The Militarization of Nuer and Dinka Community Life: A Comparative Field Study of the Transformative Impact of Sudan’s Unresolved War
Sharon E. Hutchinson, Anthropology, University of Wisconsin-Madison
Jok Madut Jok, History, Loyola Marymount
Research Grant, 1999
Our original research focused on the militarization of Nuer and Dinka community life, with special attention devoted to the role of ethnic conflict triggered off by the 1991 splitting of the Sudan People’s Liberation Movement/Army (SPLM/A). The tremendous surge in Nuer/Dinka violence precipitated by that event mercifully came to an end in January 2002, after the SPLA was reunited by Dr. John Garang and Dr. Riek Machar. Inter-Nuer tensions, however, began to escalate after the SPLA’s reunification, with some of Riek Machar’s former allies turning against him, with the encouragement and military assistance of the government of Sudan. Oil exploration activities in Nuer and Dinka regions of the Western Upper Nile, moreover, continued to gain momentum, with an estimated 174,000 Nuer and Dinka civilians within the oil zone having lost their homes by early 2003. While US-monitored peace negotiations currently taking place between the government of Sudan and the SPLA are expected to yield a “framework peace agreement” in a matter of days or weeks, the potential for continuing North/South and South-on-South violence remains very high.
Inter-Nuer tensions, however, began to escalate after the SPLA's reunification, with some of Riek Machar's former allies turning against him, with the encouragement and military assistance of the government of Sudan.
We have continued to carry out fieldwork on evolving patterns of inter- and intra-ethnic violence in war-torn regions of the Western Upper Nile (a.k.a. Unity State), southern Sudan—including six months of intensive field research carried out between mid-December 2002 and mid-June 2003. Owing to some of the publications generated by my 1998–2000 field studies, carried out with your support, as well as to longstanding research association with southern Sudan and to my fluency in the Nuer language, some of my writings attracted the attention of several U.S. State Department officials. As a result, I was asked to serve as an official “monitor” on a newly created, US-led international team of observers—known as the “Civilian Protection Monitoring Team”—stationed in southern Sudan. The team’s formal mandate was broadly defined. Basically, the team was responsible for “investigating, confirming and reporting” on all attacks on “civilians or civilian property” carried out by the SPLA, the GOS or any of their allied militias. Since nearly all of the military attacks against southern Sudanese civilians that occurred during my term of service took place in Nuer regions of the oil-rich Western Upper Nile province, we played a prominent role in the collection of first-hand accounts of such attacks from civilians and military personnel involved on both sides of the conflict. Because no one else on our team spoke Nuer, we took responsibility for interviewing nearly all of the civilians, IDPs, local chiefs, POWs, government officials, militia leaders, regional commanders, and rank-and-file soldiers on the war front. After four months of service with the CPMT, we served an additional two months of service with USAID, carrying out more detailed investigations on displaced Nuer populations in the western and eastern Upper Nile.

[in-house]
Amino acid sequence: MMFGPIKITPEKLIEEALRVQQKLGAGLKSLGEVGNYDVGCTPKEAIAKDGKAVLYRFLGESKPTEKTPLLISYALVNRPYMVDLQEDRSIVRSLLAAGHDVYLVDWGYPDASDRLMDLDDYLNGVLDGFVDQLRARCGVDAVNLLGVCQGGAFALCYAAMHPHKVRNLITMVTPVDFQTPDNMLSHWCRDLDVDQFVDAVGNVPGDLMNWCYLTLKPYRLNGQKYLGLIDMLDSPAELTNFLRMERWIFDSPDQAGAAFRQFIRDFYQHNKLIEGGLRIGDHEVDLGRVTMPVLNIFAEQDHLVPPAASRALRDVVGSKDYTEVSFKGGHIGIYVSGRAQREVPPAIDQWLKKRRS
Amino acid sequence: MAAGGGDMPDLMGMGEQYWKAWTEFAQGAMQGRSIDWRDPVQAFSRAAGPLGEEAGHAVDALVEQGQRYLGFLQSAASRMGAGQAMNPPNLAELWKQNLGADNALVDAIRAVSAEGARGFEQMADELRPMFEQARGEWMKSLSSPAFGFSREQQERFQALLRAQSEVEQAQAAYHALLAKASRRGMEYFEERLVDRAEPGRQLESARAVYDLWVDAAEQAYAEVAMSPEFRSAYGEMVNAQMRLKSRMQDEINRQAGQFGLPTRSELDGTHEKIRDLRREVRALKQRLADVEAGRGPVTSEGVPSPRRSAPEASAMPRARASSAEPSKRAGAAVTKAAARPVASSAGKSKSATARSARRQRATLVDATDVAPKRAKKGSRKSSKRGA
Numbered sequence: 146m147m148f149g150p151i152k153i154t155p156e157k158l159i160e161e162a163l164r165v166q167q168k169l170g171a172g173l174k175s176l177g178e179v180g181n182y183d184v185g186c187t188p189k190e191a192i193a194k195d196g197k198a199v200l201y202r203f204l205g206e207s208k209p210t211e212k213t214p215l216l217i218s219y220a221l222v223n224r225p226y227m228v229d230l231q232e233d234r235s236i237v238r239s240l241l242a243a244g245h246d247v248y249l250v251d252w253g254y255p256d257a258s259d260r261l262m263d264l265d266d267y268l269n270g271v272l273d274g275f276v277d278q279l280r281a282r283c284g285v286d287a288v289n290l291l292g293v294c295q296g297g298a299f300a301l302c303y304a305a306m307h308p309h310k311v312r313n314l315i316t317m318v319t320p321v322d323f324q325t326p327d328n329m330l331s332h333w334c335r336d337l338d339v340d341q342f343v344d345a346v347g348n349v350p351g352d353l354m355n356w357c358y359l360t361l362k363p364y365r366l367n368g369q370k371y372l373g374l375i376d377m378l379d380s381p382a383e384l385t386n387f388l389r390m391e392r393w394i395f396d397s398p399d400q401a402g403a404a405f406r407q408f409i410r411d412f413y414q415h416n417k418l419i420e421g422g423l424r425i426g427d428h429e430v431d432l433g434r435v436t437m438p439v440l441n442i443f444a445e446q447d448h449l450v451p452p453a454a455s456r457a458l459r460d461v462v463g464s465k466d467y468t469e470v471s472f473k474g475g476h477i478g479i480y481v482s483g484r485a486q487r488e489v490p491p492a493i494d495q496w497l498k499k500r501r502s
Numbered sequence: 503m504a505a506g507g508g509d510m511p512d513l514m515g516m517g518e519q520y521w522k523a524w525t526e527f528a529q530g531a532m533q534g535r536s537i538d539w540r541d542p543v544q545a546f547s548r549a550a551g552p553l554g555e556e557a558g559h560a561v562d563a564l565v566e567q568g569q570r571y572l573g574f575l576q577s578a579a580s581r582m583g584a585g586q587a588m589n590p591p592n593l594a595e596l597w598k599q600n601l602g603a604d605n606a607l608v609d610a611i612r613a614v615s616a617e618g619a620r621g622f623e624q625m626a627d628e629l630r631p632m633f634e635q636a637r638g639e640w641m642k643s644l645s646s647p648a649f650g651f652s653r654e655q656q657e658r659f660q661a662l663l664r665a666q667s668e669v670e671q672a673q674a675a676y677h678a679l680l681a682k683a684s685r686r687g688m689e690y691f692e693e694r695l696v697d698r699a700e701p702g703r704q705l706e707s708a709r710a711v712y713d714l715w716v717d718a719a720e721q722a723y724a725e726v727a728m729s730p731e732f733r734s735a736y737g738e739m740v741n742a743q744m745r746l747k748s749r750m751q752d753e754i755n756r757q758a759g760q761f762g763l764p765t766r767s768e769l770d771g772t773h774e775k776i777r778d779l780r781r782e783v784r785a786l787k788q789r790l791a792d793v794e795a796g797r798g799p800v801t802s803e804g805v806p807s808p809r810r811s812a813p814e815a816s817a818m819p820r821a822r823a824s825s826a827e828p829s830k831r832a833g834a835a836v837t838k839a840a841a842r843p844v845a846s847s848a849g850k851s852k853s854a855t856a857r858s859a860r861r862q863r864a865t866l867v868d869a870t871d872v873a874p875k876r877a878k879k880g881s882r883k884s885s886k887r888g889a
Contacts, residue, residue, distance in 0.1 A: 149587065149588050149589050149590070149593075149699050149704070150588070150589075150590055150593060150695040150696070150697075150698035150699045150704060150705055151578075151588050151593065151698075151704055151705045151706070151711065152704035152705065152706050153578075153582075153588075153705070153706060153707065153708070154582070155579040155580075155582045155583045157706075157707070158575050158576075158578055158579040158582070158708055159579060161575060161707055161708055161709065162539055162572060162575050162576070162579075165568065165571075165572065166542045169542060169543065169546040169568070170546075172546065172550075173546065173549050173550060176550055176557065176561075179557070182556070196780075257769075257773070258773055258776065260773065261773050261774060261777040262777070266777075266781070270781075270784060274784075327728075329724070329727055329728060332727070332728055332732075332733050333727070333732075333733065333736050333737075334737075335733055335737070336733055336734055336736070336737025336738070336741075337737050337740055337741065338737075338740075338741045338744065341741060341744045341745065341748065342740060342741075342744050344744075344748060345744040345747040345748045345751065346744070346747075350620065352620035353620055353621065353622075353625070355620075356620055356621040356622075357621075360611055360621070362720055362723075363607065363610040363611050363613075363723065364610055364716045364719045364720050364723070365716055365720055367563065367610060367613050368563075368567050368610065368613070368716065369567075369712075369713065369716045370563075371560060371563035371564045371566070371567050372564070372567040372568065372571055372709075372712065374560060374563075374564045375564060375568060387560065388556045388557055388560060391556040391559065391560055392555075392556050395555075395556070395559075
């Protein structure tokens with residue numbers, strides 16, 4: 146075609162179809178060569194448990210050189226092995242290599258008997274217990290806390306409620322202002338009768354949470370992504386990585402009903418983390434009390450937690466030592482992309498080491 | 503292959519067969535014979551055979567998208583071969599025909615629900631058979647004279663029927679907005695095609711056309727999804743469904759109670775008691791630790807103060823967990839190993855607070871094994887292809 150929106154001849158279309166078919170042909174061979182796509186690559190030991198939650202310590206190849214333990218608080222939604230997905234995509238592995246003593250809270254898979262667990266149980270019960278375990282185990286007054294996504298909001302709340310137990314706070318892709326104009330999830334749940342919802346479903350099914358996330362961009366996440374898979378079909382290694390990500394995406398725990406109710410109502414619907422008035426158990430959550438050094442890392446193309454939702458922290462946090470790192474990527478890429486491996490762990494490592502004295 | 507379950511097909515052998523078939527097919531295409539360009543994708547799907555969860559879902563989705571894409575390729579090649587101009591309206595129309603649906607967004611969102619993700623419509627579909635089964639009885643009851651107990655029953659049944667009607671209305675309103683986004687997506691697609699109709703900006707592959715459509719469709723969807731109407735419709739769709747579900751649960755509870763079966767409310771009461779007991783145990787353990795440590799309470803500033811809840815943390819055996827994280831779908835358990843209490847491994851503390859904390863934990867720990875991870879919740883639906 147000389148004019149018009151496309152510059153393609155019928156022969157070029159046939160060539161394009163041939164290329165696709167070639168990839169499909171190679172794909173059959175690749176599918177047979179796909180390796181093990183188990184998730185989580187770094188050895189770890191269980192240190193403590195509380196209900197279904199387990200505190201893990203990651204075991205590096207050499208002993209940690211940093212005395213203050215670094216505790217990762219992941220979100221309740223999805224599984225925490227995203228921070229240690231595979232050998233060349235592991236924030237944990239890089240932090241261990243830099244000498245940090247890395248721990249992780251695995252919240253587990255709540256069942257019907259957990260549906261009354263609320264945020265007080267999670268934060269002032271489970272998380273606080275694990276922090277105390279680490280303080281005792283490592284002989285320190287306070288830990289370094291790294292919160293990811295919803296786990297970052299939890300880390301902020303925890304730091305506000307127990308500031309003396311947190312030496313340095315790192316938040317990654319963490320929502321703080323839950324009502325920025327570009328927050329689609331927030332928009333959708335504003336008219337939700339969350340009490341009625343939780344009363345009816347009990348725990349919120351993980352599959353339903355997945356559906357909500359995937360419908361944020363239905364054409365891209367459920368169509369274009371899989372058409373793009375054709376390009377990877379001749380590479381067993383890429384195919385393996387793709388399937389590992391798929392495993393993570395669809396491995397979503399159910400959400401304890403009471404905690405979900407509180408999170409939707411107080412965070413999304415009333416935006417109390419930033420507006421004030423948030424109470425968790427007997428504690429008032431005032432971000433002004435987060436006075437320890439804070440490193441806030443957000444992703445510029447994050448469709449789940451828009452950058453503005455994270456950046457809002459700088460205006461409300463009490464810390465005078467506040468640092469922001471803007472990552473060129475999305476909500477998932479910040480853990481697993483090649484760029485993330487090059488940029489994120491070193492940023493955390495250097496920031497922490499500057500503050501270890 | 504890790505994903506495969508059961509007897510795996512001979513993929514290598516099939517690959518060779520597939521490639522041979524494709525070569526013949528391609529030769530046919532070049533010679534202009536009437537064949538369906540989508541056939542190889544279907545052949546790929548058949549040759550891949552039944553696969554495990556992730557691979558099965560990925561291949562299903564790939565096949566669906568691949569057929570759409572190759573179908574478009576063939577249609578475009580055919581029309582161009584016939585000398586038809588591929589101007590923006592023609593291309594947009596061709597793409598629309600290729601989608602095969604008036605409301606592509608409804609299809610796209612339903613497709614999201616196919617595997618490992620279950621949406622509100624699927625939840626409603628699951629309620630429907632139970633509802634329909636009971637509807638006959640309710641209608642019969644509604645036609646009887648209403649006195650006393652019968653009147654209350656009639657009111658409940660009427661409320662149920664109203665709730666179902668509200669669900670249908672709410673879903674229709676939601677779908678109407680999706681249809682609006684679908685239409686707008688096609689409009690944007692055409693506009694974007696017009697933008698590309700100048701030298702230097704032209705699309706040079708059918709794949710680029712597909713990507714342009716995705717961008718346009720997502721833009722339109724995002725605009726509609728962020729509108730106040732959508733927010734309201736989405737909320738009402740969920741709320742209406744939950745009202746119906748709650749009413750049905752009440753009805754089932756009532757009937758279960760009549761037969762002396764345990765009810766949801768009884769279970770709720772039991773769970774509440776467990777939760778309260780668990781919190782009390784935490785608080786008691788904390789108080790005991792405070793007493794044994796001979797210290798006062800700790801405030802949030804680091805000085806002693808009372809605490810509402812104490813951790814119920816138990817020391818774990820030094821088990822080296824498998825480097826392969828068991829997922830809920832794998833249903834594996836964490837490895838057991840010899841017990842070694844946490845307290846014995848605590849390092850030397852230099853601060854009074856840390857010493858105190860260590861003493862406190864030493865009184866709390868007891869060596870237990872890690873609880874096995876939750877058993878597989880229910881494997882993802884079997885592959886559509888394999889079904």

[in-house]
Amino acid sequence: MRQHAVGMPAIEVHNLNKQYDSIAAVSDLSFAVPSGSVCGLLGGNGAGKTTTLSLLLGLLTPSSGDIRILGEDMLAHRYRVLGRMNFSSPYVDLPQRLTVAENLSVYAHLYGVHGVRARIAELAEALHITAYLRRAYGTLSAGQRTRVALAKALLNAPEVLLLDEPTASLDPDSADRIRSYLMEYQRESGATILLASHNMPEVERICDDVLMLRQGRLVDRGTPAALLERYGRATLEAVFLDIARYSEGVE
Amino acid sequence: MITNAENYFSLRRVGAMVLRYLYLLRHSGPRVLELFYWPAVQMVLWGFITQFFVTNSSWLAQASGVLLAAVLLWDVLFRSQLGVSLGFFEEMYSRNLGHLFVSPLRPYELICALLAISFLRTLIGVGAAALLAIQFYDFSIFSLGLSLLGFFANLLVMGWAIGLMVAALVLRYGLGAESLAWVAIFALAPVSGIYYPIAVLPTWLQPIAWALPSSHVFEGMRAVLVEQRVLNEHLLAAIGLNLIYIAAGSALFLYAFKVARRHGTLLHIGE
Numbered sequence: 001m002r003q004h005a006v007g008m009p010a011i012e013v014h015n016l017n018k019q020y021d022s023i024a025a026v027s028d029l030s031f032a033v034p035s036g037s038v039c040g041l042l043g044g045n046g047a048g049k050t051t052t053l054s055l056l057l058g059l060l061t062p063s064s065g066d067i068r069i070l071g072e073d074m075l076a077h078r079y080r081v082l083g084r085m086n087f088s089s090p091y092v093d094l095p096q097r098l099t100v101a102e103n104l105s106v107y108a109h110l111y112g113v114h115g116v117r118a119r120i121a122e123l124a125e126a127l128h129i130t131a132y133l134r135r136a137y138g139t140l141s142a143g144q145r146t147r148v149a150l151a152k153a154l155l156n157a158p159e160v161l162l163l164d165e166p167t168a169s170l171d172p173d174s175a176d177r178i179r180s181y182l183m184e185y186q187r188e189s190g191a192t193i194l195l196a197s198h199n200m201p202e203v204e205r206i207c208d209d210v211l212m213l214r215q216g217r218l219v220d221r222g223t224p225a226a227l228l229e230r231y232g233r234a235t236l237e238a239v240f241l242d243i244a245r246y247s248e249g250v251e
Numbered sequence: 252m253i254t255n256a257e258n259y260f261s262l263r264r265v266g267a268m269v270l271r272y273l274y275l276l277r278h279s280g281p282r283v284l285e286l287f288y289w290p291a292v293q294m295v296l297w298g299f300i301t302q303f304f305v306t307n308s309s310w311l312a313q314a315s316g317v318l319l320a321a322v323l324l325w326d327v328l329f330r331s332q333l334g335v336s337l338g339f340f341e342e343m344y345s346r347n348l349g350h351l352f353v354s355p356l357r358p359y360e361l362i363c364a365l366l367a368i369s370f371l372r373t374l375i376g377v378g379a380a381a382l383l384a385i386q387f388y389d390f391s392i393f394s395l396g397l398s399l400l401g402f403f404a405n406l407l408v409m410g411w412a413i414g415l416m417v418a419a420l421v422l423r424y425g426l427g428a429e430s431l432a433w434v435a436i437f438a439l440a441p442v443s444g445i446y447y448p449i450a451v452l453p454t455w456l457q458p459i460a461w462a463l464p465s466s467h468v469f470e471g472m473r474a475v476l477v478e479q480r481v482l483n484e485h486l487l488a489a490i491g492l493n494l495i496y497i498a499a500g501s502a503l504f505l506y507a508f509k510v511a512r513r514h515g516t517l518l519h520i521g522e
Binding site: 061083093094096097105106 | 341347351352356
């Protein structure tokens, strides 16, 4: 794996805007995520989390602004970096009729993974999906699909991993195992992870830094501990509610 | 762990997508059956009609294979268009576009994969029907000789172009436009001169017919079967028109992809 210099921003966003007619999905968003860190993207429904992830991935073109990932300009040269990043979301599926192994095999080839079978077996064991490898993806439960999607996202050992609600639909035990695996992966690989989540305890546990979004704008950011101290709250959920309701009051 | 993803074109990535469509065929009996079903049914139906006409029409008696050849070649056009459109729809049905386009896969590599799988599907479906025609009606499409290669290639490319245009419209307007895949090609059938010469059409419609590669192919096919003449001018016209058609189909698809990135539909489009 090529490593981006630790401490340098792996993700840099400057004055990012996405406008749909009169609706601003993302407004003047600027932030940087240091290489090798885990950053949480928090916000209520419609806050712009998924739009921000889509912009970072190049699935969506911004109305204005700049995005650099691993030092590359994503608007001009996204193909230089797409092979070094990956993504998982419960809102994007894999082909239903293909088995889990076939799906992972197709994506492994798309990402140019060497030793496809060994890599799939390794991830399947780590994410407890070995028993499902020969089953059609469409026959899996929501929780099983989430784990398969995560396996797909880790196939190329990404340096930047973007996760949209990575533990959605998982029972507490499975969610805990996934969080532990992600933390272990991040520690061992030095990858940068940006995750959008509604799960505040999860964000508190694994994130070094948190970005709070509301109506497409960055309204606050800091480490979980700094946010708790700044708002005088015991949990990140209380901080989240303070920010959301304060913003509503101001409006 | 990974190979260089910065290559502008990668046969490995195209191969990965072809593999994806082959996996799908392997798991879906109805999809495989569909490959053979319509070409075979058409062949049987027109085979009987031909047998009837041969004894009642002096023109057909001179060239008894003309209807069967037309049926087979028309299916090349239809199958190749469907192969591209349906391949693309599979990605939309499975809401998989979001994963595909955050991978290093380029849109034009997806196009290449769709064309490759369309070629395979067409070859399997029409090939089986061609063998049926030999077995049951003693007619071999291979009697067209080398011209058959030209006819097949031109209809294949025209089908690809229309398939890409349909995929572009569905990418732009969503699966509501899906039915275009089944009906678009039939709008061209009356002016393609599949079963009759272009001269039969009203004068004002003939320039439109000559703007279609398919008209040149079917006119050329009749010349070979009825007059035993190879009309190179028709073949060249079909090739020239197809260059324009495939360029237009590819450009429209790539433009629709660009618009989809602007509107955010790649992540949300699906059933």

Since September 2003, we have also been deeply involved in a major class action suit, raised under the Alien Tort Claims Act in a U.S. Federal Court, by current and former residents of southern Sudan, alleging that Talisman Energy, a Canadian oil company, collaborated with the Sudanese government in a policy of ethnically cleansing civilian populations to promote oil exploration activities. Thus far, we have developed a series of geographical and historical maps, documenting military attacks in the oil zone, tracking the successive movements of the displaced, identifying the placement of new government garrisons and, more generally, exposing the overall impact of continuing military violence on Nuer communities throughout the region. Drawing extensively on previously established contacts in the region as well on our translation skills, we have tried to ensure that cross-cultural communications run as smoothly as possible between an excellent team of American lawyers and the predominately nonliterate southern Sudanese plaintiffs represented in the case. We have also been developing educational materials in the Nuer language in the hope that a future peace accord will permit the reopening of schools in the region. In these ways, we have sought to transform the extensive field experience I have gained through our academic investigations over the past twenty-three years into something that will be able to better serve the immediate needs and aspirations of the communities we have studied.
Hutchinson, Sharon E. and Jok Madut Jok."Gendered Violence and the Militarization of Ethnicity: A Case Study from South Sudan." In Werbner, Richard (ed.). 2002. Postcolonial Subjectivities in Africa. New York & London: Zed Books. p. 84-108.
Hutchinson, Sharon E. 2001 "A Curse from God? Political and Religious Dimensions of the Post-1991 Rise of Ethnic Violence in South Sudan." Journal of Modern African Studies. 39 (2): 307-331.
Hutchinson, Sharon E. and Jok Madut Jok. 1999. "Sudan's Prolonged Second Civil War and the Militarization of Nuer and Dinka Ethnic Identities." African Studies Review 42 (2). p. 125-145.